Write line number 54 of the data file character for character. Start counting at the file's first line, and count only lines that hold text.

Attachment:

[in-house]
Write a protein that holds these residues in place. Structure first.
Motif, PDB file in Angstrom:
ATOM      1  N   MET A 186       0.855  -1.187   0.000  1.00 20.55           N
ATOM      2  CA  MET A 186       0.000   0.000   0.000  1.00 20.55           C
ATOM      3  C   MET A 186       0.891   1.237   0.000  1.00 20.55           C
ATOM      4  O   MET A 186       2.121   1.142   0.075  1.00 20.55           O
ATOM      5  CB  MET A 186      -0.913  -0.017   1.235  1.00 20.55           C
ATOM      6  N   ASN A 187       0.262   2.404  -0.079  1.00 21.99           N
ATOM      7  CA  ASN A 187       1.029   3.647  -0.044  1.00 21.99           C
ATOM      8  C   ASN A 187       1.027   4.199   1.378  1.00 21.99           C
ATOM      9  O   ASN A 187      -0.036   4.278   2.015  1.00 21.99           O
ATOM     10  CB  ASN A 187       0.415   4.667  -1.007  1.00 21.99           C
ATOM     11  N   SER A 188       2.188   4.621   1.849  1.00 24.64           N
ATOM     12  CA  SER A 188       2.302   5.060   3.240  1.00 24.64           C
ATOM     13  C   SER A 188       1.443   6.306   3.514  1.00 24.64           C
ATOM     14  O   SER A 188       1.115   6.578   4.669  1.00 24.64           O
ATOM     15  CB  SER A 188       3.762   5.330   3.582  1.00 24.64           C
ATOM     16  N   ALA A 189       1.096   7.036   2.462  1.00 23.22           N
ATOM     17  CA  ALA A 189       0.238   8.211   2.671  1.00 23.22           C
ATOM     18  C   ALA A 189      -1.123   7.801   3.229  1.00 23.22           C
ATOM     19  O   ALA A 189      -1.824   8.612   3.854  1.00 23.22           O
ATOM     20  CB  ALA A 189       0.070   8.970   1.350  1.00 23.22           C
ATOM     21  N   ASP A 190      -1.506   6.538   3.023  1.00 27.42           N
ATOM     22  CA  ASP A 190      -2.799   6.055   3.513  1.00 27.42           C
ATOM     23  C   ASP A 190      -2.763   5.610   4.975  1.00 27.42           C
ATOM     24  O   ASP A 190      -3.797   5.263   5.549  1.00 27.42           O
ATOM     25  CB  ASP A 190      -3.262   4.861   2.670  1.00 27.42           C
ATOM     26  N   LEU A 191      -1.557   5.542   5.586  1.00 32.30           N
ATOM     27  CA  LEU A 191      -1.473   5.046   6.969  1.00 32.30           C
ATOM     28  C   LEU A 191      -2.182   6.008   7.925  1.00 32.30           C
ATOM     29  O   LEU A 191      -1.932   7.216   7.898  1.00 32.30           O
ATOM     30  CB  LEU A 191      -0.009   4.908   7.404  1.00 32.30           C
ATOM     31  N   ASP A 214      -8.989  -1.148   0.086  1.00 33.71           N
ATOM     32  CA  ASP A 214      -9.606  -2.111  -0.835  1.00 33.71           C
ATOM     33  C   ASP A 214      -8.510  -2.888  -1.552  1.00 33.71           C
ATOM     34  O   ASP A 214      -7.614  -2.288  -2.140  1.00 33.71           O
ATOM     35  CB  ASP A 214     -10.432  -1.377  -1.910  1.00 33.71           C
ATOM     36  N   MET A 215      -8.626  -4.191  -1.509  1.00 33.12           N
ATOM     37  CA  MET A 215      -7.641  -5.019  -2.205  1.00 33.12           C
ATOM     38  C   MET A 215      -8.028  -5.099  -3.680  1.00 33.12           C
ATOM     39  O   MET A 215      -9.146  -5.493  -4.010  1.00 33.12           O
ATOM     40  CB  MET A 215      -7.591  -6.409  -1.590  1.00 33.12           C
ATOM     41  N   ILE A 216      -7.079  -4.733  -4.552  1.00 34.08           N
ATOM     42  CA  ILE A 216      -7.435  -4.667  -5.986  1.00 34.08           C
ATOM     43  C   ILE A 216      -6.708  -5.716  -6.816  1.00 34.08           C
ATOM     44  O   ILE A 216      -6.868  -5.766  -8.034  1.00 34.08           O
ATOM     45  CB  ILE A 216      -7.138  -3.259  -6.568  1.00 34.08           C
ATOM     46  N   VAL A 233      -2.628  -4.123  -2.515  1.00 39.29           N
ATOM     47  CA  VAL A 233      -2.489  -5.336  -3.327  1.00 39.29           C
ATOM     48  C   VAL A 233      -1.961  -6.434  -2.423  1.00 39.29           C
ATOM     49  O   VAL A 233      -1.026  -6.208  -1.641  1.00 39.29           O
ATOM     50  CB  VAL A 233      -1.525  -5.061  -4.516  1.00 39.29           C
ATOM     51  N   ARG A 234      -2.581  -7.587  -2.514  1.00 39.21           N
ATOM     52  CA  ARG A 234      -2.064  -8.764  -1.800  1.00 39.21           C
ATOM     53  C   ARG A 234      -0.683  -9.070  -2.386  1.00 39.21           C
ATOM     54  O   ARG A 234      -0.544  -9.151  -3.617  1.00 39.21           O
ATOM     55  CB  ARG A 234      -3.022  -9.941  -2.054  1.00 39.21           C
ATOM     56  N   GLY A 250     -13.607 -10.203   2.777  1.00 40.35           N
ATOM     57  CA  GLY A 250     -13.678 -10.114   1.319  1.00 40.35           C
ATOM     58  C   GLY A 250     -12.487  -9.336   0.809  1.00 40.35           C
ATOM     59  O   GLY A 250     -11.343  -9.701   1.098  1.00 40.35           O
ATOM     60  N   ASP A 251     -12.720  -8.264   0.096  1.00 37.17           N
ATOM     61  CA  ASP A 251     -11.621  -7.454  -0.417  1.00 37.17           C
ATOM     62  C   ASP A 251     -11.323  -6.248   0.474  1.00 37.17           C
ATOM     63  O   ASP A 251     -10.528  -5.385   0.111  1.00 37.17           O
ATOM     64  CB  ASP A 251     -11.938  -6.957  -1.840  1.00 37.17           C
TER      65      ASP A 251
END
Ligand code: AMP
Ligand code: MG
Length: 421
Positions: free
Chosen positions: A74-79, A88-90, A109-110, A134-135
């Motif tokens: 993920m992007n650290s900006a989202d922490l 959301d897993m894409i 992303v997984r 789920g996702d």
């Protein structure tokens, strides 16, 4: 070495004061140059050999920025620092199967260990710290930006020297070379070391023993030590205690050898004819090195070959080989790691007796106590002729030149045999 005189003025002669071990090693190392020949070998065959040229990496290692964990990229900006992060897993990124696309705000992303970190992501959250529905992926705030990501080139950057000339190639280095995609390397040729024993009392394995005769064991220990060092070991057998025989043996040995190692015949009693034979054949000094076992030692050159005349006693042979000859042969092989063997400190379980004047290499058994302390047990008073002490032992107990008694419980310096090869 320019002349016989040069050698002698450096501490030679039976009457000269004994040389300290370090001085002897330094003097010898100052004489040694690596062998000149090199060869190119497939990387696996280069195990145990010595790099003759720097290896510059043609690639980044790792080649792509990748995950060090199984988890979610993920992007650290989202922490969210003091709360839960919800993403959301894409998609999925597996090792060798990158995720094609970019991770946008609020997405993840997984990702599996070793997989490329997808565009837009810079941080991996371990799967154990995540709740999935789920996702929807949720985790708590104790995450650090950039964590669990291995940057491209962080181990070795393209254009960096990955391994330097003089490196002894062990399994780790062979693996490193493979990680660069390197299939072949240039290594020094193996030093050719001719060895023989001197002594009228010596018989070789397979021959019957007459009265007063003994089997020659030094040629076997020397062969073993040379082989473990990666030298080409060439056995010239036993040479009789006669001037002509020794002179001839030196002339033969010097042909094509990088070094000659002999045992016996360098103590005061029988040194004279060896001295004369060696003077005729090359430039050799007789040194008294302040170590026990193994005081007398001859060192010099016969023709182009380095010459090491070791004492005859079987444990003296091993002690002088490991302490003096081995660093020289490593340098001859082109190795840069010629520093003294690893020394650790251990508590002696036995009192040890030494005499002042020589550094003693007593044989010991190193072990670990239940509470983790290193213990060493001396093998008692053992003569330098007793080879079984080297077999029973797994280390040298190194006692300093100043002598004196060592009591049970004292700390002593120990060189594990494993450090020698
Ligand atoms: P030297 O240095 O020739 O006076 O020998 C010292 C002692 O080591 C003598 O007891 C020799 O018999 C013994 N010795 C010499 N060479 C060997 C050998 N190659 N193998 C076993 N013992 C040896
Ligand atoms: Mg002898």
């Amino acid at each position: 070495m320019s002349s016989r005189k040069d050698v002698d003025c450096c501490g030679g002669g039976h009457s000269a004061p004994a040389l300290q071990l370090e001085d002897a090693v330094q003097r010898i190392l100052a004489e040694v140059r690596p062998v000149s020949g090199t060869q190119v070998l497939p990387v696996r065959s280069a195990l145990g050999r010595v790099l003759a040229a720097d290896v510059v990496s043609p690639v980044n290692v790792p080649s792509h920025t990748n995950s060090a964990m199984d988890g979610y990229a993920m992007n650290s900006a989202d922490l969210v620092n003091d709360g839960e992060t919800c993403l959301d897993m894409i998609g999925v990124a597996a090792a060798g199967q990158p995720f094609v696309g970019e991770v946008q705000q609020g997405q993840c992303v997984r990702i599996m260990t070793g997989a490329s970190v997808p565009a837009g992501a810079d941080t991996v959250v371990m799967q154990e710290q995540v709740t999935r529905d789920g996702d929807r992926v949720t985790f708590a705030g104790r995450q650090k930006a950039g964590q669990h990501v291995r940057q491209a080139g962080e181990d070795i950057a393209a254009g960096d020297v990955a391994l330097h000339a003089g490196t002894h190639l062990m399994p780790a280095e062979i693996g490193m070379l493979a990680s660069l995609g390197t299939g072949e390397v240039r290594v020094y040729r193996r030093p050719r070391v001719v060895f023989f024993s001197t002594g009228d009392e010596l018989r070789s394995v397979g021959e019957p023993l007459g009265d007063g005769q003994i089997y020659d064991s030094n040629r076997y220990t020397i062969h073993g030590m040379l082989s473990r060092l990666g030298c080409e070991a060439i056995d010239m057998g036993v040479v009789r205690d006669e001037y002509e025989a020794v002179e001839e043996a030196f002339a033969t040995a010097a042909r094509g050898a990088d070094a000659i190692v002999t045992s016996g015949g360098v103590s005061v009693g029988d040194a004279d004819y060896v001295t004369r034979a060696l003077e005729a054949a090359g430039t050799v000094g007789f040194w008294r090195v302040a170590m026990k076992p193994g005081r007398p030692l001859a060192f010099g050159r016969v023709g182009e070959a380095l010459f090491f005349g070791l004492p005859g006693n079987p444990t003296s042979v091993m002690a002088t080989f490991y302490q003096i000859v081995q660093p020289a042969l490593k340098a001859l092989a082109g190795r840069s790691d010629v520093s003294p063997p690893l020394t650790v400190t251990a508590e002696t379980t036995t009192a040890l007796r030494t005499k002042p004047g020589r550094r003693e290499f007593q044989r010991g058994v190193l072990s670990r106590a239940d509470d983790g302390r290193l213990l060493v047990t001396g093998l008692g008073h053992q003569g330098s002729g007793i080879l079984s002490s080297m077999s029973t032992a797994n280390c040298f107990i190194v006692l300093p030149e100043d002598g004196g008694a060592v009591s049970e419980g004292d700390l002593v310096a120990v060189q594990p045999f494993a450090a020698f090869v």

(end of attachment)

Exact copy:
ATOM     51  N   ARG A 234      -2.581  -7.587  -2.514  1.00 39.21           N